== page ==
View details for DOI 10.3201/eid2805.212488
View details for Web of Science ID 000799694100004
View details for PubMedID 35349402
View details for PubMedCentralID PMC9045426
SARS-CoV-2 RNA is enriched by orders of magnitude in primary settled solids relative to liquid wastewater at publicly owned treatment works.
Environmental science : water research & technology
2022; 8 (4): 757-770
Wastewater-based epidemiology has gained attention throughout the world for detection of SARS-CoV-2 RNA in wastewater to supplement clinical testing. Raw wastewater consists of small particles, or solids, suspended in liquid. Methods have been developed to measure SARS-CoV-2 RNA in the liquid and the solid fraction of wastewater, with some studies reporting higher concentrations in the solid fraction. To investigate this relationship further, six laboratories collaborated to conduct a study across five publicly owned treatment works (POTWs) where both primary settled solids obtained from primary clarifiers and raw wastewater influent samples were collected and quantified for SARS-CoV-2 RNA. Settled solids and influent samples were processed by participating laboratories using their respective methods and retrospectively paired based on date of collection. SARS-CoV-2 RNA concentrations, on a mass equivalent basis, were higher in settled solids than in influent by approximately three orders of magnitude. Concentrations in matched settled solids and influent were positively and significantly correlated at all five POTWs. RNA concentrations in both settled solids and influent were correlated to COVID-19 incidence rates in the sewersheds and thus representative of disease occurrence; the settled solids methods appeared to produce a comparable relationship between SARS-CoV-2 RNA concentration measurements and incidence rates across all POTWs. Settled solids and influent methods showed comparable sensitivity, N gene detection frequency, and calculated empirical incidence rate lower limits. Analysis of settled solids for SARS-CoV-2 RNA has the advantage of using less sample volume to achieve similar sensitivity to influent methods.
View details for DOI 10.1039/d1ew00826a
View details for PubMedID 35433013
View details for PubMedCentralID PMC8969789
- SARS-CoV-2 RNA is enriched by orders of magnitude in primary settled solids relative to liquid wastewater at publicly owned treatment works ENVIRONMENTAL SCIENCE-WATER RESEARCH & TECHNOLOGY 2022
Tools for interpretation of wastewater SARS-CoV-2 temporal and spatial trends demonstrated with data collected in the San Francisco Bay Area.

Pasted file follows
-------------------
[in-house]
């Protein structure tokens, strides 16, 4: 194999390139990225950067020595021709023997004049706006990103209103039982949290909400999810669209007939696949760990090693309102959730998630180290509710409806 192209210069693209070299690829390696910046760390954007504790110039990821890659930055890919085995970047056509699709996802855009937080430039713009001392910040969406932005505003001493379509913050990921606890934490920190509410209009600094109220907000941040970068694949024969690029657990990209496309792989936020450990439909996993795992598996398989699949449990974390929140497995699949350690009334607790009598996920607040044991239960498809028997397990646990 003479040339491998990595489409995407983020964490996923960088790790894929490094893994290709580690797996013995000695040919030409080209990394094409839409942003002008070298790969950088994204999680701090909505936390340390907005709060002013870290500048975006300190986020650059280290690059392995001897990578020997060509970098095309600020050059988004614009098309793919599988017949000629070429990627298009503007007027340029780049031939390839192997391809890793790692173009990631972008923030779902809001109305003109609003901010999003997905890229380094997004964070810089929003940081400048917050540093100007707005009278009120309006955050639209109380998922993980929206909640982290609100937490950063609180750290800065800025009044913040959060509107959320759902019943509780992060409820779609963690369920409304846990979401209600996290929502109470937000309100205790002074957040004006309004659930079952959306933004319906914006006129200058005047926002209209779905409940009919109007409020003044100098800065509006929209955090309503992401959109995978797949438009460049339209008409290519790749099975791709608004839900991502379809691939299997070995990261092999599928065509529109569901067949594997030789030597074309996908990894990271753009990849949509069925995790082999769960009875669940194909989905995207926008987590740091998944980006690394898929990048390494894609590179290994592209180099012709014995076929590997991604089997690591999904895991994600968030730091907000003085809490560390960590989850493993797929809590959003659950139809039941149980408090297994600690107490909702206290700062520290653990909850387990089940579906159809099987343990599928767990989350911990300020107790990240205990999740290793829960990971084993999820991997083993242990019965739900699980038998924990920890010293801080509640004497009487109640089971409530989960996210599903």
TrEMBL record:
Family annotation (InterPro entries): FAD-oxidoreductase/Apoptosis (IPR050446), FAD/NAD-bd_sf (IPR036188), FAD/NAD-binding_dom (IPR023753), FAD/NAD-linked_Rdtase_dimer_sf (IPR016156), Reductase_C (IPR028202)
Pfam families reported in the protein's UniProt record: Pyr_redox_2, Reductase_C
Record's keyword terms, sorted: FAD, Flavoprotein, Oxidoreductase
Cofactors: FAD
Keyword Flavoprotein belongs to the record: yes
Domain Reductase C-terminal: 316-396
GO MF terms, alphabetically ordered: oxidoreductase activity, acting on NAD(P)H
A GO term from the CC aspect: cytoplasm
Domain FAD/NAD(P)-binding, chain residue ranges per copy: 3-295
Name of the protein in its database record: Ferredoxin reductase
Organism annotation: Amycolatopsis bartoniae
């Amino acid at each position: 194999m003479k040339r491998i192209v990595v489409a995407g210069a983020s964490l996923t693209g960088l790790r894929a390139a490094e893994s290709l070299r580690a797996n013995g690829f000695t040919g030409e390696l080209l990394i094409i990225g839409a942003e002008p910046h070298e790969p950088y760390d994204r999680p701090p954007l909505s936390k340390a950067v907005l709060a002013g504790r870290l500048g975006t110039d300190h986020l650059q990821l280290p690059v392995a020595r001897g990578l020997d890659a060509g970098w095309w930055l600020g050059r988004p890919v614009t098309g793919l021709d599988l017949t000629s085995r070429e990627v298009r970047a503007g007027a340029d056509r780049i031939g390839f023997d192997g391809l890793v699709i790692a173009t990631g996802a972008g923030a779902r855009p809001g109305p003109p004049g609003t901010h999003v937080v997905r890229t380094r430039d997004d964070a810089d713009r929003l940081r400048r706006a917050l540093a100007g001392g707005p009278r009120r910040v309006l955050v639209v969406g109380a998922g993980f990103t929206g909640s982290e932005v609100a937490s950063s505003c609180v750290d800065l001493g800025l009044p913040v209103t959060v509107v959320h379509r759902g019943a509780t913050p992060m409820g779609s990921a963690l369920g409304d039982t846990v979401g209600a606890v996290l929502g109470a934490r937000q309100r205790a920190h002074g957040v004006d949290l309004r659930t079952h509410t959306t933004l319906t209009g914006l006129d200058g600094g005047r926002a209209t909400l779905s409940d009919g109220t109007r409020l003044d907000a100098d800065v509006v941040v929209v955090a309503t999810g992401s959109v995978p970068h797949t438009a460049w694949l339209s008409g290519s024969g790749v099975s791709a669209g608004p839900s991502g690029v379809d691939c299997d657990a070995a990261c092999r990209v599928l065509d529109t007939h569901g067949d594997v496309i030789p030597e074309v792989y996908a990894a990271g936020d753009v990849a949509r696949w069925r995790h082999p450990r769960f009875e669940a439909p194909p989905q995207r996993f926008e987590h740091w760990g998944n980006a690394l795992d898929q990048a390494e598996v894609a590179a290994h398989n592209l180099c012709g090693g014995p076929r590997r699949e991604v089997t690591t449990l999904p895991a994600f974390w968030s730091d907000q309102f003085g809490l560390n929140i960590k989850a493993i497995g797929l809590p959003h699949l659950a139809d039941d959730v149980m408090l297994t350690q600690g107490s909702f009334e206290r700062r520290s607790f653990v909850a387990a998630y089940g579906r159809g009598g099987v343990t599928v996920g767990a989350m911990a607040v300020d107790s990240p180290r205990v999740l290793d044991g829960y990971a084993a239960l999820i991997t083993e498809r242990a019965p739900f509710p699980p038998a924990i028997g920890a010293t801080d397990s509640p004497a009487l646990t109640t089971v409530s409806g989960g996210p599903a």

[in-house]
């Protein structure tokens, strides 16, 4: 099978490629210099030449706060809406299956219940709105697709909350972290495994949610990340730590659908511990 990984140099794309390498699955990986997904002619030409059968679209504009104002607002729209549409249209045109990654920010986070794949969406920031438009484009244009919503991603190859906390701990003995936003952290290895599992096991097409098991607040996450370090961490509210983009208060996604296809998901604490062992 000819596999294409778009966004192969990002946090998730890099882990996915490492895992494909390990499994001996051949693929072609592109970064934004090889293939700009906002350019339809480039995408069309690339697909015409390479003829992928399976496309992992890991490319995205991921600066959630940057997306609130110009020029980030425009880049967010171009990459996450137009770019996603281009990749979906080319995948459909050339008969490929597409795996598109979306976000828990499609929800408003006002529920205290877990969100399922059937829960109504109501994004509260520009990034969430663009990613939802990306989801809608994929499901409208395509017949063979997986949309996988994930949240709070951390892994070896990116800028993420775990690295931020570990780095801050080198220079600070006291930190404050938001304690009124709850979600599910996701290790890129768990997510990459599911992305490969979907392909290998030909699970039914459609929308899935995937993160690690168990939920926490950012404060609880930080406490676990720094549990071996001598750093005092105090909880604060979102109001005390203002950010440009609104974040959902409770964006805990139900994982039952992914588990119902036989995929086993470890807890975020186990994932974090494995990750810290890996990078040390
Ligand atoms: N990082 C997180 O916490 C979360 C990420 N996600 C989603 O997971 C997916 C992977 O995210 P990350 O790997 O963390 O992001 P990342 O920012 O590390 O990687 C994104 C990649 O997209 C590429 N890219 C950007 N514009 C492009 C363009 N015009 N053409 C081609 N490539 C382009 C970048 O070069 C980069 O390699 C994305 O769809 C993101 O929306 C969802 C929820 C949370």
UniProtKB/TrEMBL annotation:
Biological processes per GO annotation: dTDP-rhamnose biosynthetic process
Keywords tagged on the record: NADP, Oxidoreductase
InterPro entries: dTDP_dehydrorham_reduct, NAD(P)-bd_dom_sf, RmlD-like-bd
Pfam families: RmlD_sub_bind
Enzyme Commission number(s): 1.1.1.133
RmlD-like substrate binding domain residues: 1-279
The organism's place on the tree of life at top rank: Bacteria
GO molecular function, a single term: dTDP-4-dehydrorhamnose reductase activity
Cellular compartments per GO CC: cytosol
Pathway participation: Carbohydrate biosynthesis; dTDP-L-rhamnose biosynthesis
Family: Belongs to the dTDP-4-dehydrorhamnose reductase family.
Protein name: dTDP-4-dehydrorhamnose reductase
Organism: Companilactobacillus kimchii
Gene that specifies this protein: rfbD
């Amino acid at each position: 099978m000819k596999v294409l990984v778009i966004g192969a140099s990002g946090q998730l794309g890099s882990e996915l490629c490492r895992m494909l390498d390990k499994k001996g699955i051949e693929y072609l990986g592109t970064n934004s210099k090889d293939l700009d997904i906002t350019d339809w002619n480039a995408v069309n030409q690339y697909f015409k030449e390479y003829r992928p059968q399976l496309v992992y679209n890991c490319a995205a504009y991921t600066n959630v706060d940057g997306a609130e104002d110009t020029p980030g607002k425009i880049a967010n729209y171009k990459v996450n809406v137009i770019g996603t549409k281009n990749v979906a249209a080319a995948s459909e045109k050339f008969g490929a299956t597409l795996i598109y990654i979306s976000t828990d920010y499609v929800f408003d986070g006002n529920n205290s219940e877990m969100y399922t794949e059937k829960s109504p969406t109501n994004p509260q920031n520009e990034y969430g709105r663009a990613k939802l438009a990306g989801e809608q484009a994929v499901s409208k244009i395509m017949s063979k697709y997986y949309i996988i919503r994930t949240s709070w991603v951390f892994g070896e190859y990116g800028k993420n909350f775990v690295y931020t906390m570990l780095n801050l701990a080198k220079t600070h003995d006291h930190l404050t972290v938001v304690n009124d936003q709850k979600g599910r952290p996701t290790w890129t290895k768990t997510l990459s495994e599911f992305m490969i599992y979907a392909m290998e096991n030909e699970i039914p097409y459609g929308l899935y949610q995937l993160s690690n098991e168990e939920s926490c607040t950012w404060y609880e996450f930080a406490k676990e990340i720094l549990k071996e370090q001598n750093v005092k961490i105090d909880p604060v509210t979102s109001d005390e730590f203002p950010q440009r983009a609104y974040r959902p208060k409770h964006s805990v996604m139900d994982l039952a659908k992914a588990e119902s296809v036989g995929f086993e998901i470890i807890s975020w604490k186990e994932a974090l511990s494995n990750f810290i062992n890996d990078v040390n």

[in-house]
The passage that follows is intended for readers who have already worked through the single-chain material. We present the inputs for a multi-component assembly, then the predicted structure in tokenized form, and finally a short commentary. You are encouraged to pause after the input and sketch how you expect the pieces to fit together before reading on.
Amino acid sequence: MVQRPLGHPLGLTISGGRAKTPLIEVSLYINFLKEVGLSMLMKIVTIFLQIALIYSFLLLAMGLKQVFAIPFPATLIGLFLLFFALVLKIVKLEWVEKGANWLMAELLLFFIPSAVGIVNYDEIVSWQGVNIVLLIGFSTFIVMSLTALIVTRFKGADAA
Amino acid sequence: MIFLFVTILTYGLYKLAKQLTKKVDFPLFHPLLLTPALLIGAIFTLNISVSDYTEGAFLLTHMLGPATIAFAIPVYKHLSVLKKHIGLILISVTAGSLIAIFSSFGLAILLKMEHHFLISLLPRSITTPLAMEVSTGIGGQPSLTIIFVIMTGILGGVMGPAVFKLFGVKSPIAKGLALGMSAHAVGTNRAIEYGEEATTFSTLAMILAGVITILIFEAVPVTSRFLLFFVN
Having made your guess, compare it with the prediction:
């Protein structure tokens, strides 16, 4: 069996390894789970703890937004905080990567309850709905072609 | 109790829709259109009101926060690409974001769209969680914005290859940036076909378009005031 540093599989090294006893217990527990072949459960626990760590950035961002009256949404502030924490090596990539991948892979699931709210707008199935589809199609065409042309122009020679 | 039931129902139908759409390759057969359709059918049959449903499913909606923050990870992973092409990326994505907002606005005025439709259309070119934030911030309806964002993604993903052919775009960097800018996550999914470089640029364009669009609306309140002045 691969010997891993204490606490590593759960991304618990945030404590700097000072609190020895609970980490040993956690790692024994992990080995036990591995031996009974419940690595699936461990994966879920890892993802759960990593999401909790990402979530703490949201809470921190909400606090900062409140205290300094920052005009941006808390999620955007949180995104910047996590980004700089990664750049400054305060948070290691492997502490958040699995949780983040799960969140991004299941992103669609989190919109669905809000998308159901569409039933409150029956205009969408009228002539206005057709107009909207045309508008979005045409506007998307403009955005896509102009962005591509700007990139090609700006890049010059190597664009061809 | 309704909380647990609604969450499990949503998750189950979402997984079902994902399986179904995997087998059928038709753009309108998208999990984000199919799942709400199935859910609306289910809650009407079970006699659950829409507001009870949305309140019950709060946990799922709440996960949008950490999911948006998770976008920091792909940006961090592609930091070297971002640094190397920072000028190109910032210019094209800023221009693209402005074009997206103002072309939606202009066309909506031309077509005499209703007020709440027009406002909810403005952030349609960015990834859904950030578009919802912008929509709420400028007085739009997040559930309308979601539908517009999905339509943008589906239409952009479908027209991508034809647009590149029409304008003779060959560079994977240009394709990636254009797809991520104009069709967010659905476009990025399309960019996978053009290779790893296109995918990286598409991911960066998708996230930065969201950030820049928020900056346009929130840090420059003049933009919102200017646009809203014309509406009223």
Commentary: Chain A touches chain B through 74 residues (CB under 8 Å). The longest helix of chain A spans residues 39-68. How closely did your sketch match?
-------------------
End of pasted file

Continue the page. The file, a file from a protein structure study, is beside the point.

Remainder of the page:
Water research X
2021; 12: 100111
Wastewater surveillance for severe acute respiratory syndrome coronavirus 2 (SARS-CoV-2) RNA can be integrated with COVID-19 case data to inform timely pandemic response. However, more research is needed to apply and develop systematic methods to interpret the true SARS-CoV-2 signal from noise introduced in wastewater samples (e.g., from sewer conditions, sampling and extraction methods, etc.). In this study, raw wastewater was collected weekly from five sewersheds and one residential facility. The concentrations of SARS-CoV-2 in wastewater samples were compared to geocoded COVID-19 clinical testing data. SARS-CoV-2 was reliably detected (95% positivity) in frozen wastewater samples when reported daily new COVID-19 cases were 2.4 or more per 100,000 people. To adjust for variation in sample fecal content, four normalization biomarkers were evaluated: crAssphage, pepper mild mottle virus, Bacteroides ribosomal RNA (rRNA), and human 18S rRNA. Of these, crAssphage displayed the least spatial and temporal variability. Both unnormalized SARS-CoV-2 RNA signal and signal normalized to crAssphage had positive and significant correlation with clinical testing data (Kendall's Tau-b (tau)=0.43 and 0.38, respectively), but no normalization biomarker strengthened the correlation with clinical testing data. Locational dependencies and the date associated with testing data impacted the lead time of wastewater for clinical trends, and no lead time was observed when the sample collection date (versus the result date) was used for both wastewater and clinical testing data. This study supports that trends in wastewater surveillance data reflect trends in COVID-19 disease occurrence and presents tools that could be applied to make wastewater signal more interpretable and comparable across studies.
View details for DOI 10.1016/j.wroa.2021.100111
View details for PubMedID 34373850
Sewage, Salt, Silica, and SARS-CoV-2 (4S): An Economical Kit-Free Method for Direct Capture of SARS-CoV-2 RNA from Wastewater
ENVIRONMENTAL SCIENCE & TECHNOLOGY
2021; 55 (8): 4880-4888